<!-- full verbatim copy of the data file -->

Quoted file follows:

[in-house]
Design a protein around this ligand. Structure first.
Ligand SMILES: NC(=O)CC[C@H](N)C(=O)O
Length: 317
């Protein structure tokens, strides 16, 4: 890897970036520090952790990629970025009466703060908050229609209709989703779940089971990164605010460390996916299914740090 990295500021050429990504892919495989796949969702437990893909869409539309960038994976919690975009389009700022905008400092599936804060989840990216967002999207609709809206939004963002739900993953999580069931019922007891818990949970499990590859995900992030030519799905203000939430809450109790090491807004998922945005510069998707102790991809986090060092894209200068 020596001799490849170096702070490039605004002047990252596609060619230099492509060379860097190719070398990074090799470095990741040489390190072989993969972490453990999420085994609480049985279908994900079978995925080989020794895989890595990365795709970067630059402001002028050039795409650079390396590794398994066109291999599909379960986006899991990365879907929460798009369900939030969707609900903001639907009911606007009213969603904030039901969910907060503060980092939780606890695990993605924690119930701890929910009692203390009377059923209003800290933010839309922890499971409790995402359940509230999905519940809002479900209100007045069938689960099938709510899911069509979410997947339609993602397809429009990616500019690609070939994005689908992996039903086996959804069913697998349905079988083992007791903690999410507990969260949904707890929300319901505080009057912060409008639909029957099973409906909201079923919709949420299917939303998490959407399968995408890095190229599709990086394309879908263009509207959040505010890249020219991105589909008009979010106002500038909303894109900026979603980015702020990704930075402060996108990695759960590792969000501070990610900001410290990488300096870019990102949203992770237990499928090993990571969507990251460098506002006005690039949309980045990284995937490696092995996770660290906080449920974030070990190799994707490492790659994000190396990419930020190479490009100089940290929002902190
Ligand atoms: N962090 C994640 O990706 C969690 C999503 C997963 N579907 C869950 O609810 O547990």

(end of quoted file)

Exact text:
[in-house]
Design a protein around this ligand. Structure first.
Ligand SMILES: NC(=O)CC[C@H](N)C(=O)O
Length: 317
């Protein structure tokens, strides 16, 4: 890897970036520090952790990629970025009466703060908050229609209709989703779940089971990164605010460390996916299914740090 990295500021050429990504892919495989796949969702437990893909869409539309960038994976919690975009389009700022905008400092599936804060989840990216967002999207609709809206939004963002739900993953999580069931019922007891818990949970499990590859995900992030030519799905203000939430809450109790090491807004998922945005510069998707102790991809986090060092894209200068 020596001799490849170096702070490039605004002047990252596609060619230099492509060379860097190719070398990074090799470095990741040489390190072989993969972490453990999420085994609480049985279908994900079978995925080989020794895989890595990365795709970067630059402001002028050039795409650079390396590794398994066109291999599909379960986006899991990365879907929460798009369900939030969707609900903001639907009911606007009213969603904030039901969910907060503060980092939780606890695990993605924690119930701890929910009692203390009377059923209003800290933010839309922890499971409790995402359940509230999905519940809002479900209100007045069938689960099938709510899911069509979410997947339609993602397809429009990616500019690609070939994005689908992996039903086996959804069913697998349905079988083992007791903690999410507990969260949904707890929300319901505080009057912060409008639909029957099973409906909201079923919709949420299917939303998490959407399968995408890095190229599709990086394309879908263009509207959040505010890249020219991105589909008009979010106002500038909303894109900026979603980015702020990704930075402060996108990695759960590792969000501070990610900001410290990488300096870019990102949203992770237990499928090993990571969507990251460098506002006005690039949309980045990284995937490696092995996770660290906080449920974030070990190799994707490492790659994000190396990419930020190479490009100089940290929002902190
Ligand atoms: N962090 C994640 O990706 C969690 C999503 C997963 N579907 C869950 O609810 O547990």